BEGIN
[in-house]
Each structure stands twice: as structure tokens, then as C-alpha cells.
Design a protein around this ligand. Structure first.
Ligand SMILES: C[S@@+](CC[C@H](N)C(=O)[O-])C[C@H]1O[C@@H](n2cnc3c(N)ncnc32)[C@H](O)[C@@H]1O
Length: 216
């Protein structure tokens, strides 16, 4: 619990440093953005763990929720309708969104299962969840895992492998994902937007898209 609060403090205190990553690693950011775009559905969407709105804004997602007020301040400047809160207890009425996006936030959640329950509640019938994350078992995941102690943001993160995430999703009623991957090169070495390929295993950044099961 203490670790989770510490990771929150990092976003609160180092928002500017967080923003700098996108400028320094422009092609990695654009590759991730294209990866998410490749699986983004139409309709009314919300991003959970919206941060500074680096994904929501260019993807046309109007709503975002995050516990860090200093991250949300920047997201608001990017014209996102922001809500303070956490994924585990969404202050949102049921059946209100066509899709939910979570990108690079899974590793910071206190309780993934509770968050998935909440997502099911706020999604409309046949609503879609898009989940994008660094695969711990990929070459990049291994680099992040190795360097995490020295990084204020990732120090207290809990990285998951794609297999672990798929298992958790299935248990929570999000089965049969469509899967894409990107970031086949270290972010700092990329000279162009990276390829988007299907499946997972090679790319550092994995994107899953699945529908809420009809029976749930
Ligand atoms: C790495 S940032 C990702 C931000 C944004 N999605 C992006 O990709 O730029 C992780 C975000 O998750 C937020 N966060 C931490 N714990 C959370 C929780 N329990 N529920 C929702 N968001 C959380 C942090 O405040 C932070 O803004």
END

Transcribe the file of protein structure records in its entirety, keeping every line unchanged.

[in-house]
Each structure stands twice: as structure tokens, then as C-alpha cells.
Design a protein around this ligand. Structure first.
Ligand SMILES: C[S@@+](CC[C@H](N)C(=O)[O-])C[C@H]1O[C@@H](n2cnc3c(N)ncnc32)[C@H](O)[C@@H]1O
Length: 216
């Protein structure tokens, strides 16, 4: 619990440093953005763990929720309708969104299962969840895992492998994902937007898209 609060403090205190990553690693950011775009559905969407709105804004997602007020301040400047809160207890009425996006936030959640329950509640019938994350078992995941102690943001993160995430999703009623991957090169070495390929295993950044099961 203490670790989770510490990771929150990092976003609160180092928002500017967080923003700098996108400028320094422009092609990695654009590759991730294209990866998410490749699986983004139409309709009314919300991003959970919206941060500074680096994904929501260019993807046309109007709503975002995050516990860090200093991250949300920047997201608001990017014209996102922001809500303070956490994924585990969404202050949102049921059946209100066509899709939910979570990108690079899974590793910071206190309780993934509770968050998935909440997502099911706020999604409309046949609503879609898009989940994008660094695969711990990929070459990049291994680099992040190795360097995490020295990084204020990732120090207290809990990285998951794609297999672990798929298992958790299935248990929570999000089965049969469509899967894409990107970031086949270290972010700092990329000279162009990276390829988007299907499946997972090679790319550092994995994107899953699945529908809420009809029976749930
Ligand atoms: C790495 S940032 C990702 C931000 C944004 N999605 C992006 O990709 O730029 C992780 C975000 O998750 C937020 N966060 C931490 N714990 C959370 C929780 N329990 N529920 C929702 N968001 C959380 C942090 O405040 C932070 O803004």